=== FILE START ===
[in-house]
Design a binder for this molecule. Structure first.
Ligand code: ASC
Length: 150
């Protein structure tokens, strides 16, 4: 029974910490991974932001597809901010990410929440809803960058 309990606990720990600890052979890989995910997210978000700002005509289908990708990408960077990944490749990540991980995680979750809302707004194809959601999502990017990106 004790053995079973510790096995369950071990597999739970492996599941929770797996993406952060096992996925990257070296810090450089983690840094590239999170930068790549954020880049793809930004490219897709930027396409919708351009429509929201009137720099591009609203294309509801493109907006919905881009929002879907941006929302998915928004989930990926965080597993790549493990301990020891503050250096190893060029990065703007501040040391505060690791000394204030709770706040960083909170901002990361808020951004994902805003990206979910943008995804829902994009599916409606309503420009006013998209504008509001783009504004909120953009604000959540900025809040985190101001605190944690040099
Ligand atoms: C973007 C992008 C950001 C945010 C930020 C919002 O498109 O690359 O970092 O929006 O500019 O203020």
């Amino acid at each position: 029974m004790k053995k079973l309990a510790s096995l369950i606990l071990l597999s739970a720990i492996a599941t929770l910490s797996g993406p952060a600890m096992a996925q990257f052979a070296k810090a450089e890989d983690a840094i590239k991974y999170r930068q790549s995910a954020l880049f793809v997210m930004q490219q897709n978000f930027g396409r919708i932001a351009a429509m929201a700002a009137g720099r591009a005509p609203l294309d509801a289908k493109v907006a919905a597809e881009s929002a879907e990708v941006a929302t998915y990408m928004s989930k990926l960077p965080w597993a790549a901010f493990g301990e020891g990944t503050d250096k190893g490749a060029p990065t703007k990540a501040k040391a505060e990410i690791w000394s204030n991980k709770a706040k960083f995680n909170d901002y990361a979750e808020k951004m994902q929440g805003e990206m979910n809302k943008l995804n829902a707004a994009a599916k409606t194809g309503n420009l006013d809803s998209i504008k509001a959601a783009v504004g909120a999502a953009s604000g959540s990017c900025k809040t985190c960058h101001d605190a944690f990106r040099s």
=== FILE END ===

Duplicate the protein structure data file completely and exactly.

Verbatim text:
[in-house]
Design a binder for this molecule. Structure first.
Ligand code: ASC
Length: 150
């Protein structure tokens, strides 16, 4: 029974910490991974932001597809901010990410929440809803960058 309990606990720990600890052979890989995910997210978000700002005509289908990708990408960077990944490749990540991980995680979750809302707004194809959601999502990017990106 004790053995079973510790096995369950071990597999739970492996599941929770797996993406952060096992996925990257070296810090450089983690840094590239999170930068790549954020880049793809930004490219897709930027396409919708351009429509929201009137720099591009609203294309509801493109907006919905881009929002879907941006929302998915928004989930990926965080597993790549493990301990020891503050250096190893060029990065703007501040040391505060690791000394204030709770706040960083909170901002990361808020951004994902805003990206979910943008995804829902994009599916409606309503420009006013998209504008509001783009504004909120953009604000959540900025809040985190101001605190944690040099
Ligand atoms: C973007 C992008 C950001 C945010 C930020 C919002 O498109 O690359 O970092 O929006 O500019 O203020």
């Amino acid at each position: 029974m004790k053995k079973l309990a510790s096995l369950i606990l071990l597999s739970a720990i492996a599941t929770l910490s797996g993406p952060a600890m096992a996925q990257f052979a070296k810090a450089e890989d983690a840094i590239k991974y999170r930068q790549s995910a954020l880049f793809v997210m930004q490219q897709n978000f930027g396409r919708i932001a351009a429509m929201a700002a009137g720099r591009a005509p609203l294309d509801a289908k493109v907006a919905a597809e881009s929002a879907e990708v941006a929302t998915y990408m928004s989930k990926l960077p965080w597993a790549a901010f493990g301990e020891g990944t503050d250096k190893g490749a060029p990065t703007k990540a501040k040391a505060e990410i690791w000394s204030n991980k709770a706040k960083f995680n909170d901002y990361a979750e808020k951004m994902q929440g805003e990206m979910n809302k943008l995804n829902a707004a994009a599916k409606t194809g309503n420009l006013d809803s998209i504008k509001a959601a783009v504004g909120a999502a953009s604000g959540s990017c900025k809040t985190c960058h101001d605190a944690f990106r040099s």